The U.S. Air Force has made its Global Positioning System (GPS) accessible to the globe since 1993 and has since discovered its way into many facets of our daily life. It’s in our vehicles, our phones, and our watches as well. So it’s no surprise that the U.S. continues to invest in technology growth for both civilian and military use — and that investment is starting to pay off. Here’s what you can expect in 2023 when the next generation of GPS will be fully functional.
More bang for the buck
Lockheed Martin’s first GPS III satellite cost an estimated $529 million to build. And with nine more satellites scheduled, when everything is said and done, the GPS III project will grow to a whopping $5.5 billion. Some of this upfront price will be offset by the exceptional longevity of the satellite. Unlike the early GPS satellites that have a 7.5-year design life, the new GPS III satellites will last 15 years — twice as long as the earliest orbiting satellites and 25 percent longer than the latest GPS fleet satellites. The GPS II satellites will not only last longer, but they will also not become outdated as rapidly as possible. The new satellite system GPS III has been intended to adapt as new technology develops and mission goals alter.
Three times more accurate
The current system of GPS II is precise, but GPS III will bring stuff to a whole new level. It is expected that the next generation of GPS will be 3 times more precise than current GPS. This implies that the precision of 5 to 10 meters that you now see with current GPS technology will be reduced to 1 to 3 meters. The signal will also be stronger, enabling it to overcome irritating interference that is degrading the signal.
What this means to you is that your smartphone or other navigation device can be even more accurate and reliable than before to identify your place. No longer follow the incorrect path because you’re on a neighboring road with your GPS.
Improved Navigation for everyone
GPS III will not only increase precision, it will also expand the technology to more individuals. The key to this development is the new civilian L1C signal, inter-operable with other worldwide satellite navigation (GNSS) technologies. The L1C signal shares the same center frequency as the Galileo network in Europe, the QZSS from Japan and the Beidou from China. Signal design teams from Japan and Europe were actually working with the US to ensure compatibility. In the future, GPS receivers will be able to simultaneously obtain location information from various worldwide satellite navigation systems and use that information to provide precise drop-dead tracking.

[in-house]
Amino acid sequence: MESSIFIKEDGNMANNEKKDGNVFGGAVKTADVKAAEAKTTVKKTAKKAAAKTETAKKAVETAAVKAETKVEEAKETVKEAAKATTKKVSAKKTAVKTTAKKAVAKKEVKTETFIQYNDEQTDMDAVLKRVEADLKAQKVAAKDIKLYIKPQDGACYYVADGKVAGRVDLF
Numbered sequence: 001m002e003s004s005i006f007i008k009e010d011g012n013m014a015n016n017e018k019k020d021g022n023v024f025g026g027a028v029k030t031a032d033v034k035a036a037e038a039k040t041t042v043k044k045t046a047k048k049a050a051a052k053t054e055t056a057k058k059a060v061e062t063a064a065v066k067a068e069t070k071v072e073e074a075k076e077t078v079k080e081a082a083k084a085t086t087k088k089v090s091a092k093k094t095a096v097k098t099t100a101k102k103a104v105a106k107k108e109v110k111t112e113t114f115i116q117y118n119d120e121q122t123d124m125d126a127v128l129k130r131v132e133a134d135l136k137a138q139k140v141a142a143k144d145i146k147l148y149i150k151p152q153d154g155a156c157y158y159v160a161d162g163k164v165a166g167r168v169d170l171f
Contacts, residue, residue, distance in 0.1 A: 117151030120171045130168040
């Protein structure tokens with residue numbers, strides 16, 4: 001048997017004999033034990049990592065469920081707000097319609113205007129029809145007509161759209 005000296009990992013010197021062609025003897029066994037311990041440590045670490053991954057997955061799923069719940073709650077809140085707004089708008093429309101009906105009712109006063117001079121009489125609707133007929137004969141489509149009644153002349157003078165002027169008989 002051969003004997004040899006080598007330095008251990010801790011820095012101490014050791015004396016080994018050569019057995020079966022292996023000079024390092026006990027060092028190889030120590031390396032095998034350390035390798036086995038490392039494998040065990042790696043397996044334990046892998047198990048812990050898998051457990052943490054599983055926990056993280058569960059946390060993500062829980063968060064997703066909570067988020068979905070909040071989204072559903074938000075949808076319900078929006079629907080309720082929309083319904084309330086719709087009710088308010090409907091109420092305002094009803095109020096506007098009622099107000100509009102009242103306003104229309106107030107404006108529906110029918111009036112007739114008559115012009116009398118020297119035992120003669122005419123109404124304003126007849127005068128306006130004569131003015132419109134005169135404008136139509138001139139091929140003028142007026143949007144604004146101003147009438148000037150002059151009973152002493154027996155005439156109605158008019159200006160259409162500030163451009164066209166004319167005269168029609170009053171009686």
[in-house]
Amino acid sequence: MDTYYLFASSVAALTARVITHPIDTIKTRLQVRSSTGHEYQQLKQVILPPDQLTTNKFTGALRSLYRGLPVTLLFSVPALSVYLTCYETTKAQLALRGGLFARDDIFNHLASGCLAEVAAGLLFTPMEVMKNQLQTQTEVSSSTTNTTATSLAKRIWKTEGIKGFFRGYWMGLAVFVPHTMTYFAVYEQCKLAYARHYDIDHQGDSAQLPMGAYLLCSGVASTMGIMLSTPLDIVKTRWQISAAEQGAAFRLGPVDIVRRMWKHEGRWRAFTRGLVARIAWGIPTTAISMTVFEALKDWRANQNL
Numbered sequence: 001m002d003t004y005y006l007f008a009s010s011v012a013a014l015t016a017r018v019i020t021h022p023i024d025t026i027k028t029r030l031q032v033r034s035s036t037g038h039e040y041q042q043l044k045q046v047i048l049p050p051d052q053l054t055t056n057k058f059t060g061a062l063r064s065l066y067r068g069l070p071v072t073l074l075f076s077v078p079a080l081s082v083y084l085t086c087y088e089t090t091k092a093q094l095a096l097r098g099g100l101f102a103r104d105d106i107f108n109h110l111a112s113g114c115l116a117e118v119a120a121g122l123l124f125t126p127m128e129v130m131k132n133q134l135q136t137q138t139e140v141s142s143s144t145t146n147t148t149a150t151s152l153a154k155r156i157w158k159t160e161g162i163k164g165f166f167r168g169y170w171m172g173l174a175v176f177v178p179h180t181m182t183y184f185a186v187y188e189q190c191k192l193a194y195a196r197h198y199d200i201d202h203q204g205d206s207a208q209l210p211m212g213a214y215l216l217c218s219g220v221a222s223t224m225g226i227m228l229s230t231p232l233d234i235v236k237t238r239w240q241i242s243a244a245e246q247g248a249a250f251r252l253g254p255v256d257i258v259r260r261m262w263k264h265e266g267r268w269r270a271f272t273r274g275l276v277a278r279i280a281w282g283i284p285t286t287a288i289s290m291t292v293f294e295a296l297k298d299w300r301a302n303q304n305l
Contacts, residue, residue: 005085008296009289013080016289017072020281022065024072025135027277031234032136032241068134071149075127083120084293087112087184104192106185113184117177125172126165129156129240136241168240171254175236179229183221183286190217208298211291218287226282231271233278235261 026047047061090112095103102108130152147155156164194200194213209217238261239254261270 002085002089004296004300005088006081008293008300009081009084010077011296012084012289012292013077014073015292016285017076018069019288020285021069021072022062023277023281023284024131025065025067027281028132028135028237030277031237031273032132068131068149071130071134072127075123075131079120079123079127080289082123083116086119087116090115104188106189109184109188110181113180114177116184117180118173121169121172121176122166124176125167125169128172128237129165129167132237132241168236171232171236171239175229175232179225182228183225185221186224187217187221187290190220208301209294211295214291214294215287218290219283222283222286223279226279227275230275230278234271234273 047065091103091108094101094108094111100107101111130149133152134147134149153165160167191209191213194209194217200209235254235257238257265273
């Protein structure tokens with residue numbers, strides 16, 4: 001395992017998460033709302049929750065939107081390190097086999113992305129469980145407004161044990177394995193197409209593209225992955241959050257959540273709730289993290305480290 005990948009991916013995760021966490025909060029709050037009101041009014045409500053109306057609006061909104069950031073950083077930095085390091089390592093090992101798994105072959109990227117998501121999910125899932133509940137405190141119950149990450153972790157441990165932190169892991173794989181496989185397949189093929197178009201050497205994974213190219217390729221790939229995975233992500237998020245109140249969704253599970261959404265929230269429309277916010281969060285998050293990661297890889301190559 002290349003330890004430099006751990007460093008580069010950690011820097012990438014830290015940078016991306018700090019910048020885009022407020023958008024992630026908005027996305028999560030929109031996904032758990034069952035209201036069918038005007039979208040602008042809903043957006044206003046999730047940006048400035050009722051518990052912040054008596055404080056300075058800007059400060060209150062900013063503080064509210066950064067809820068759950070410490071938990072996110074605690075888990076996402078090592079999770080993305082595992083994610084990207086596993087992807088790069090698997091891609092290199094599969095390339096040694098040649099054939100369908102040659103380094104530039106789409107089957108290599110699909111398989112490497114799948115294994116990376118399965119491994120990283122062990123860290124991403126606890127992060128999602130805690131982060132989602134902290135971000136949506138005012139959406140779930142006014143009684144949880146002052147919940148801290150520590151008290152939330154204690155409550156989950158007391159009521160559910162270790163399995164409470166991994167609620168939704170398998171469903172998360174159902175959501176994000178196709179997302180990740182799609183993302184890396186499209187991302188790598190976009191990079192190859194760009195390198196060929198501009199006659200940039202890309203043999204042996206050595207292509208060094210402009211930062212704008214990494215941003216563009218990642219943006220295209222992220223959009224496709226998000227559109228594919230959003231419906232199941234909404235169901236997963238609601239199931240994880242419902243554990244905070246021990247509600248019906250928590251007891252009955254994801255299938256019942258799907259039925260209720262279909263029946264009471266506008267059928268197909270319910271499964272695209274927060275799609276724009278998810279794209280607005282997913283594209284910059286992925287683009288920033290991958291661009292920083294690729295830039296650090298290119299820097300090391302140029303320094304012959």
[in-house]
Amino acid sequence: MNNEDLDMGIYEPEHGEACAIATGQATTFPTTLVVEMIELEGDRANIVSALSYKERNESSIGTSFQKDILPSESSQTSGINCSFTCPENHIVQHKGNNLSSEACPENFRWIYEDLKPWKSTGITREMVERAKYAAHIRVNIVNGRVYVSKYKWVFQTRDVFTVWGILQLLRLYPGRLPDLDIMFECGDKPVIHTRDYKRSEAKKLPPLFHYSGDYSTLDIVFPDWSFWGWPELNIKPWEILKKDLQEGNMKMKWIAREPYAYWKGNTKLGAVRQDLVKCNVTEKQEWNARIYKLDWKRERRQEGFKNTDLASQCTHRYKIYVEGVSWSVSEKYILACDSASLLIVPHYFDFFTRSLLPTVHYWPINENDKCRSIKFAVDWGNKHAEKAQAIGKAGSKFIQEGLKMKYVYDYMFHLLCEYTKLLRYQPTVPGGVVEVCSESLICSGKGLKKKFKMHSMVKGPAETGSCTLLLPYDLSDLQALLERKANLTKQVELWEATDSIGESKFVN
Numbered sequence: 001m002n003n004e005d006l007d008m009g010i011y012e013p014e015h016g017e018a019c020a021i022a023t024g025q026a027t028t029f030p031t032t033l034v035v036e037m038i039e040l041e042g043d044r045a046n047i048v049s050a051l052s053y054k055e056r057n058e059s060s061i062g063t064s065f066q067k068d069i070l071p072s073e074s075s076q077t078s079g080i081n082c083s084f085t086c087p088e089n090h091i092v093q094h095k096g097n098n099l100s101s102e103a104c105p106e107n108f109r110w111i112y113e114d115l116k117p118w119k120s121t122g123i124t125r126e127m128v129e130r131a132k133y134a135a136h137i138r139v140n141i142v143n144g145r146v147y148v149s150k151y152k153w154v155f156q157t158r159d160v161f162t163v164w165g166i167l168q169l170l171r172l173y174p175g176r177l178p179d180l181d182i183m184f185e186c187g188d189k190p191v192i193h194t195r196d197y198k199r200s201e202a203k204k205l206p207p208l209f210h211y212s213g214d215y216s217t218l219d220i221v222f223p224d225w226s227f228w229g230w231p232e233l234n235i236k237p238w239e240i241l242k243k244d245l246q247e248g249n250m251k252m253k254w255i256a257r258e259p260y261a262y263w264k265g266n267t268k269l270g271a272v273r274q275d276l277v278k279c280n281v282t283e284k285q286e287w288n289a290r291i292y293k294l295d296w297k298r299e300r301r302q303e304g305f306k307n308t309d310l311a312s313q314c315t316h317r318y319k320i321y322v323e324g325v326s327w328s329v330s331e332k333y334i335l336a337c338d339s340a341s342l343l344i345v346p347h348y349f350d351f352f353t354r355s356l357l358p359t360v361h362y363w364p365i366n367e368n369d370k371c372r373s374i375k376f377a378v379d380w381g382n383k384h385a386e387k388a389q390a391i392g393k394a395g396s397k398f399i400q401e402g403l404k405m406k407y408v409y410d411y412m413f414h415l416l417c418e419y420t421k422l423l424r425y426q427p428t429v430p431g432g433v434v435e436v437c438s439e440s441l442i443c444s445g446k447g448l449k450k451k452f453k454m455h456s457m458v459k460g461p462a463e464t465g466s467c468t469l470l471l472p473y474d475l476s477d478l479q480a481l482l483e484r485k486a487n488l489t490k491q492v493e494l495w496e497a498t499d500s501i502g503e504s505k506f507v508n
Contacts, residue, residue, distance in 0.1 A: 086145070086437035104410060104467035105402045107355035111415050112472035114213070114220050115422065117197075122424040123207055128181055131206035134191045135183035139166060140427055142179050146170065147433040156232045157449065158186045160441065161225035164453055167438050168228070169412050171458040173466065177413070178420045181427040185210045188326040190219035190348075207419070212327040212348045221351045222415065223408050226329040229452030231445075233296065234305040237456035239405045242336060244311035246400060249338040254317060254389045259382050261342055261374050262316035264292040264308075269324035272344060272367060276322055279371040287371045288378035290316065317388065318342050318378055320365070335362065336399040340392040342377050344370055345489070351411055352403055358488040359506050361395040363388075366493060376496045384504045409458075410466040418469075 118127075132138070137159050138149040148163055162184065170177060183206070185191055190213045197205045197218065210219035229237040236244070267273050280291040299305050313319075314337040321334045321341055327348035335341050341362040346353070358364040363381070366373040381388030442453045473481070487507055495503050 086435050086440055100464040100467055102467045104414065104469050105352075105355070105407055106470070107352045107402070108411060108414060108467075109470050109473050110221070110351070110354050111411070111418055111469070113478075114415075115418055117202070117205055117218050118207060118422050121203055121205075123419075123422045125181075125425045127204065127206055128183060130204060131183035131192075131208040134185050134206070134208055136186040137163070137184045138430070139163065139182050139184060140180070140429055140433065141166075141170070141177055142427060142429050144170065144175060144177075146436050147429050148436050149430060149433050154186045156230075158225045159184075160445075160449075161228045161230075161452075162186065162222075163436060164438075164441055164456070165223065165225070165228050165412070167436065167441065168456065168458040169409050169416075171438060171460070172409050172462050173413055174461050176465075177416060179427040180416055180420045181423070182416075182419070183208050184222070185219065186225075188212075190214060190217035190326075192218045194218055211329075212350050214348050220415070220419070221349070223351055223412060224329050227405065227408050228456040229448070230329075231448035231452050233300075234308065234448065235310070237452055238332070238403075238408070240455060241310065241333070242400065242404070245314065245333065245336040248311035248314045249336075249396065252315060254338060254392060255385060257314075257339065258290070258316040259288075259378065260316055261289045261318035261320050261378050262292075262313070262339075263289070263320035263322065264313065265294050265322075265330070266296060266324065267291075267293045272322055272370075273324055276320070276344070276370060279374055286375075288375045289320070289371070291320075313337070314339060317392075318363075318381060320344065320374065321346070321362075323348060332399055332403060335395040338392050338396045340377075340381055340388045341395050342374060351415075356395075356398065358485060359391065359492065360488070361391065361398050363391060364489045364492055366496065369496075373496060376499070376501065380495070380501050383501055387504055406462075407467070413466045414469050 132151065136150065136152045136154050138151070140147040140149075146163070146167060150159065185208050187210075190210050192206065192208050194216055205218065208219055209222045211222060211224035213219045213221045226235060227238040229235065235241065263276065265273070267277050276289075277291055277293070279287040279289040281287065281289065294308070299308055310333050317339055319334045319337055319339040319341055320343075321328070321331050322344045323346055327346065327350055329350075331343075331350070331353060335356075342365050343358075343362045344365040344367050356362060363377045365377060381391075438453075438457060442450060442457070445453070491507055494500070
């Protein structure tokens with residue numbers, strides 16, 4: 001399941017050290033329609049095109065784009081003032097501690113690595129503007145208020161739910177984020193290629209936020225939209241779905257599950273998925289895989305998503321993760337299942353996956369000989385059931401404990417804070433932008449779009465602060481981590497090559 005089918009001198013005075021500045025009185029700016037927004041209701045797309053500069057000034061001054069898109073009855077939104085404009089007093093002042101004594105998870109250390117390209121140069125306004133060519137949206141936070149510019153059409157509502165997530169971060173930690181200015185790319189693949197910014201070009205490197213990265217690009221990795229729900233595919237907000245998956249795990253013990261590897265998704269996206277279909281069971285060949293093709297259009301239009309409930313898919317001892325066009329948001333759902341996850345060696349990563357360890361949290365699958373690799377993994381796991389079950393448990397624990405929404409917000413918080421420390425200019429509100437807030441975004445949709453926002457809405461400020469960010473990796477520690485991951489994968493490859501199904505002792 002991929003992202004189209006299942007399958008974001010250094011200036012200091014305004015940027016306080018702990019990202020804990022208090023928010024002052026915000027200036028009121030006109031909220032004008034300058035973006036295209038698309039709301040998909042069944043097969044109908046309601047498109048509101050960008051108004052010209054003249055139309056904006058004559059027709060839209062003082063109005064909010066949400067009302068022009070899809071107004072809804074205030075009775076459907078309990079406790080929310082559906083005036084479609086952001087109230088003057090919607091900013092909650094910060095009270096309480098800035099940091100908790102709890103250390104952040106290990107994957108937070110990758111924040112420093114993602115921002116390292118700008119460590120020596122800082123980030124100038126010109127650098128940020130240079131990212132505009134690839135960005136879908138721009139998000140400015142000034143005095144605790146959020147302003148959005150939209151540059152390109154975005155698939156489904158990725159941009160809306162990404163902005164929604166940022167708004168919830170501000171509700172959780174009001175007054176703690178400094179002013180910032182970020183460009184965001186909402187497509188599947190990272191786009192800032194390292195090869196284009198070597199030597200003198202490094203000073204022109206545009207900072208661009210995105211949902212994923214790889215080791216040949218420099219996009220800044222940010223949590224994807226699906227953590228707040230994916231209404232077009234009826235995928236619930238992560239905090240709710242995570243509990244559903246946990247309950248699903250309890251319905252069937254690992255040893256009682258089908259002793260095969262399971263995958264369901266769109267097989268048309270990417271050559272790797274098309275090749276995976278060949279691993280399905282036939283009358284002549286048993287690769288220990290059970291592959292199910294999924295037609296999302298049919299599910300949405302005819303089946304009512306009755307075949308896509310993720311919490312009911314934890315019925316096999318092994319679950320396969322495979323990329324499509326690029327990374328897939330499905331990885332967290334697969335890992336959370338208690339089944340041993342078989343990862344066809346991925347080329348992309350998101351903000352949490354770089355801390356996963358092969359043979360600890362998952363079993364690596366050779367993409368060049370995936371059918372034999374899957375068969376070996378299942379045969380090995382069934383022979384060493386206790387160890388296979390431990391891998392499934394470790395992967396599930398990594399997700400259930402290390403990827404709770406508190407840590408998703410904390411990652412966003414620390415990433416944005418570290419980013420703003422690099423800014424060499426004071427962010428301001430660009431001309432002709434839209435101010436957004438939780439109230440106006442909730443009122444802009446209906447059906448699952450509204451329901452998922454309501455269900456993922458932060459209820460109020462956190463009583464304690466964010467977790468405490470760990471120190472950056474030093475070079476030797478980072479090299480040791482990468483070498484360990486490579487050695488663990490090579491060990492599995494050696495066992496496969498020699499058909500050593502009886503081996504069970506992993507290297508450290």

Flexing our military might
With all these civilian enhancements, it’s simple to forget that GPS is a military technology first and foremost. On the floor, together with the new GPS III satellites, the government is setting up new command centres capable of managing the current GPS satellite fleet. Raytheon is building and programming this Next Generation GPS Operational Control System (OCX) and has been postponed until 2022 or 2023. Meanwhile, Lockheed is upgrading current control centers with the required programming to interact with the GPS III satellite fleet. Lockheed can continue to launch and test satellites while waiting for completion of OCX.
In the sky, GPS III will convey more strong encrypted M-Code signals than current military signals. For military activities, these signals will not only be more reliable, but they will also be eight times more resistant to jamming. GPS III’s military side won’t go live until the OCX system is working.
Delays, then unremitting progress
The GPS III system is finally making progress after years of delay. In December 2018, the first GPS III satellite, dubbed “Vespucci,” was launched, and in August 2019, the second “Magellan” took off. Next in line is the third GPS III satellite to be launched on top of a SpaceX Falcon 9 rocket in January 2020. Lockheed is not standing idle while testing the two orbiting satellites for the third satellite to launch, the firm is continuing to build the remaining assembly-line satellites. It intends to continue spitting out satellites at a constant rate until all ten birds, hopefully by 2023, are in the air and operational.
What will happen in the future?
Lockheed will operate on 22 GPS III Follow-On (GPS IIIF) satellites following GPS III. These satellites are expected to start in 2026 with a full digital navigation payload search and rescue payload. They will also have a second antenna to provide regional military assistance. Each satellite can transmit from its two antennas two distinct signals. One is a complete earth signal that is already being transmitted by current GPS IIR-M satellites, and the second is a new regional specific signal from a directional antenna. In moments of war, it is possible to turn off the Earth’s broad beam and use the regional beam to provide navigation.